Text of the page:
Bill would set requirements for cyber coordinator
House legislation would have White House cyber official review IT security parts of agencies' budget plans
Civilian federal agencies would need to get White House approval for parts of their annual budget plans that relate to protecting information technology under provisions of a new bill in Congress.
The legislation, introduced May 6 and backed by a bipartisan group of senior House lawmakers, would codify requirements for a national cyberspace office in the Executive Office of the President with a Senate-approved director.
Some lawmakers have complained that the White House cyber coordinator position that President Barack Obama created doesn’t require Senate confirmation, thus limiting congressional oversight.
A House insider's view of U.S. cybersecurity policy
Under the legislation the White House cyberspace official would:
- Oversee agency information security policies and practices at agencies.
- Encourage public/private working groups to increase information sharing and policy coordination.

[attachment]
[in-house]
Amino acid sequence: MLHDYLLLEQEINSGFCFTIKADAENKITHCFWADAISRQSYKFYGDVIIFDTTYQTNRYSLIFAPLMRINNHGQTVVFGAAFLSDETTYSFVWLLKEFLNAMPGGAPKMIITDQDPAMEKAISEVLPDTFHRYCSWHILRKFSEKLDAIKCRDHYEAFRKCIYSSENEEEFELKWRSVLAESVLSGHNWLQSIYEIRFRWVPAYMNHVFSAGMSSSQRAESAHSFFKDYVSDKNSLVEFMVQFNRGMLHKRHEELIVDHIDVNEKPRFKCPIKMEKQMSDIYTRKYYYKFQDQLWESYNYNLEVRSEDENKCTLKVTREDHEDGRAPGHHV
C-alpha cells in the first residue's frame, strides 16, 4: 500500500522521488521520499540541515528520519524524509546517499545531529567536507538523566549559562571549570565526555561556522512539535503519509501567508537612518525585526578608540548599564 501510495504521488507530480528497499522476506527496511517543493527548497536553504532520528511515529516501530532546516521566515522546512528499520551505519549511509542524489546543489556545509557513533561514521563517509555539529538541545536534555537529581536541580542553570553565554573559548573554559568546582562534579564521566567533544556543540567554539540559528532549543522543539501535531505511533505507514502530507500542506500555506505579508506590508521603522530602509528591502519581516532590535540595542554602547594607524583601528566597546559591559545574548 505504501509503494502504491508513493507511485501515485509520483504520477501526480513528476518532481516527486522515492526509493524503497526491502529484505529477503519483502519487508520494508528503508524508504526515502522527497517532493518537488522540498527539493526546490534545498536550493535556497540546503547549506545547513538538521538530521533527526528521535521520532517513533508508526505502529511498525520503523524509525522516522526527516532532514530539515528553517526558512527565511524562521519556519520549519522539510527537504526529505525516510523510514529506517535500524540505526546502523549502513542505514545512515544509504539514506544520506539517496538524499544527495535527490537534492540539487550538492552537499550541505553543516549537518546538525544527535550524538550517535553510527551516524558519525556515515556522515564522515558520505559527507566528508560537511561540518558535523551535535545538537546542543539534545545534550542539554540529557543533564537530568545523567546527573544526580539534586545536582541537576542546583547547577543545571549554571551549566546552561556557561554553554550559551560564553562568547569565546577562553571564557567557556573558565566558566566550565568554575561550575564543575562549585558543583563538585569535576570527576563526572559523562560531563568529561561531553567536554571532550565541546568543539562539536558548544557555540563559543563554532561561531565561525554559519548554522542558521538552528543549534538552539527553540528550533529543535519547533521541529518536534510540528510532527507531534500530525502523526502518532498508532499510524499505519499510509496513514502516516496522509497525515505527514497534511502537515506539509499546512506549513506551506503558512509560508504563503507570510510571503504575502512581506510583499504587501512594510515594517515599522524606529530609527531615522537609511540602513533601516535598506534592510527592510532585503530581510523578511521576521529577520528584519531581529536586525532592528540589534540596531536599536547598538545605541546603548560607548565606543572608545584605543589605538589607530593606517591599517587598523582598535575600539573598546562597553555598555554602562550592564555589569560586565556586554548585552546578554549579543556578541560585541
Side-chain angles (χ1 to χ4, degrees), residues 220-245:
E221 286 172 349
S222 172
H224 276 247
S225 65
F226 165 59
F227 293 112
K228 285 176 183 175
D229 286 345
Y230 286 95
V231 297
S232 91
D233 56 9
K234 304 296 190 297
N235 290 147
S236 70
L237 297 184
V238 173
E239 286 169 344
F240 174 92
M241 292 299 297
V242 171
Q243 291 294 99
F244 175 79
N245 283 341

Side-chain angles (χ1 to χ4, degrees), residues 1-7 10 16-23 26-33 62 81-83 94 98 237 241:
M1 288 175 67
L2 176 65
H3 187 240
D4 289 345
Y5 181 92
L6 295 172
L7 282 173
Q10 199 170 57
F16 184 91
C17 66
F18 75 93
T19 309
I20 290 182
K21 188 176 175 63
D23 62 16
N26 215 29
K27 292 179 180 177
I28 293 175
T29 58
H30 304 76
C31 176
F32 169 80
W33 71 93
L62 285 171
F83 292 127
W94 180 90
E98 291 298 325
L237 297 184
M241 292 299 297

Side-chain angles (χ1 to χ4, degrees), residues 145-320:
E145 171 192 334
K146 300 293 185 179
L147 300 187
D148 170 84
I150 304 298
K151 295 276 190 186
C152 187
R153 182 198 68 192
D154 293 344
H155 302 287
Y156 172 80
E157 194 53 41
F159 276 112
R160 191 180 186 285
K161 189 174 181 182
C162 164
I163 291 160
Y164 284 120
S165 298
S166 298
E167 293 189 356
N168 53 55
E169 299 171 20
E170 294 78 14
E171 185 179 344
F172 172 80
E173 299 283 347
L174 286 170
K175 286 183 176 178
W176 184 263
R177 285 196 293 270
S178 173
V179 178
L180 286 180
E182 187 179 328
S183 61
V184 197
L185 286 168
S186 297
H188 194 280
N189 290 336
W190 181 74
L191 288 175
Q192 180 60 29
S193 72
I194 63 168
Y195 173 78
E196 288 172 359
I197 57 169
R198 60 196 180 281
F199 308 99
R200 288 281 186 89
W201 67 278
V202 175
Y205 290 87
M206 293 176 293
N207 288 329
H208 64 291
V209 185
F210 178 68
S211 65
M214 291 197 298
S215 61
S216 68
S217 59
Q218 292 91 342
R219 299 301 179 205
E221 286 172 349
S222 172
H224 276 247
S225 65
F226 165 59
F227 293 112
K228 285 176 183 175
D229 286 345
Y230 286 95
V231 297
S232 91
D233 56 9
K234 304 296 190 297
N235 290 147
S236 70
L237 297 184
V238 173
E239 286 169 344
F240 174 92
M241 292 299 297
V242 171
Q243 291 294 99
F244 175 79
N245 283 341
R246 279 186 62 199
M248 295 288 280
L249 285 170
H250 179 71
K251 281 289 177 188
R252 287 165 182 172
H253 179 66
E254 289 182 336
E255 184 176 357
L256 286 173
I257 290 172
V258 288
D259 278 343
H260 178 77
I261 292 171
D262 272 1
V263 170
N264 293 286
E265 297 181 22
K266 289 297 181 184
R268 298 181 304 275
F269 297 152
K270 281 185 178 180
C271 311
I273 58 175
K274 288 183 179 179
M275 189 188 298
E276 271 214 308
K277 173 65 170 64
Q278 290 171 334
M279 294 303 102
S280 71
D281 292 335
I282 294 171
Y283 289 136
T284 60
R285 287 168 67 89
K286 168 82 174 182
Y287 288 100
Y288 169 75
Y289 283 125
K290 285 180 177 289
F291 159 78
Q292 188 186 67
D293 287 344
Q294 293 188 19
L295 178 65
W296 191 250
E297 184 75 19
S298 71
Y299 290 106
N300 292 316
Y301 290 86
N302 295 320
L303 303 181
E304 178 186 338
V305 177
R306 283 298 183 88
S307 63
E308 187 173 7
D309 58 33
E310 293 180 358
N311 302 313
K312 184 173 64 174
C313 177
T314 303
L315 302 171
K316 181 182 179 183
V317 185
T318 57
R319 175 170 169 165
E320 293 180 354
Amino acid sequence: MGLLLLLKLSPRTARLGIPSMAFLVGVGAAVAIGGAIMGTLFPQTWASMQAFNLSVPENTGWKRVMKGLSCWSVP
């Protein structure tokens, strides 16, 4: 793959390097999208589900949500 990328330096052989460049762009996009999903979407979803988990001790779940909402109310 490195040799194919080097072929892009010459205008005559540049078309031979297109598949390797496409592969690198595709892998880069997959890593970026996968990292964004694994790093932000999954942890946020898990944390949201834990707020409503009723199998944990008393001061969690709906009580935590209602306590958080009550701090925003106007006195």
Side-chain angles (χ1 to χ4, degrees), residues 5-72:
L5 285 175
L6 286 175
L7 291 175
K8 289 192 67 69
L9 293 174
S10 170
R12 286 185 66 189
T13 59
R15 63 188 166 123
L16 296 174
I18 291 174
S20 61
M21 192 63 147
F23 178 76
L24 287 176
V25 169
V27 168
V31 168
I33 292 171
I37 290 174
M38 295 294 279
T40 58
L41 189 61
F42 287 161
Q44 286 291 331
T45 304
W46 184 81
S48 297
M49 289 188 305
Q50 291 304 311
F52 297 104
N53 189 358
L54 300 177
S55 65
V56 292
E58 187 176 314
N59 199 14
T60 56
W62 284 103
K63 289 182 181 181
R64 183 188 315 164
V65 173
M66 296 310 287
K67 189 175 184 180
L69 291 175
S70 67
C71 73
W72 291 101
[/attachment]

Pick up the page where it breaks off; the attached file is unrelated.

- Coordinate the defense of information infrastructure in the case of a large-scale attack on IT systems.
- Work with officials from other parts of the government to establish a national strategy to engage internationally to set the policies, principles, standards, or guidelines for information security.
- Work with the Office of Personnel Management to coordinate information security training for federal employees.
- Review and approve -- or disapprove -- agencies’ budget proposals related to protecting IT before they’re submitted by the head of the agency to the Office of Management and Budget.
If the cyber director disapproved a budget plan, the official would give recommendations to an agency for fixing the problems. The bill would also let the office recommend to the president that awards and bonuses be withheld from agencies that don’t adequately try to secure their information infrastructure.
The authorities the bill would give to the White House director generally wouldn’t apply to national security systems. The head of the Defense Department and the head of the Central Intelligence Agency, rather than the White House official, would have similar oversight responsibilities for their systems.
The bill was introduced by Rep. James Langevin (D-R.I.) for himself and a bi-partisan group of House members. It was referred to the House Oversight and Government Reform, Armed Services, and Intelligence Committees.
Ben Bain is a reporter for Federal Computer Week.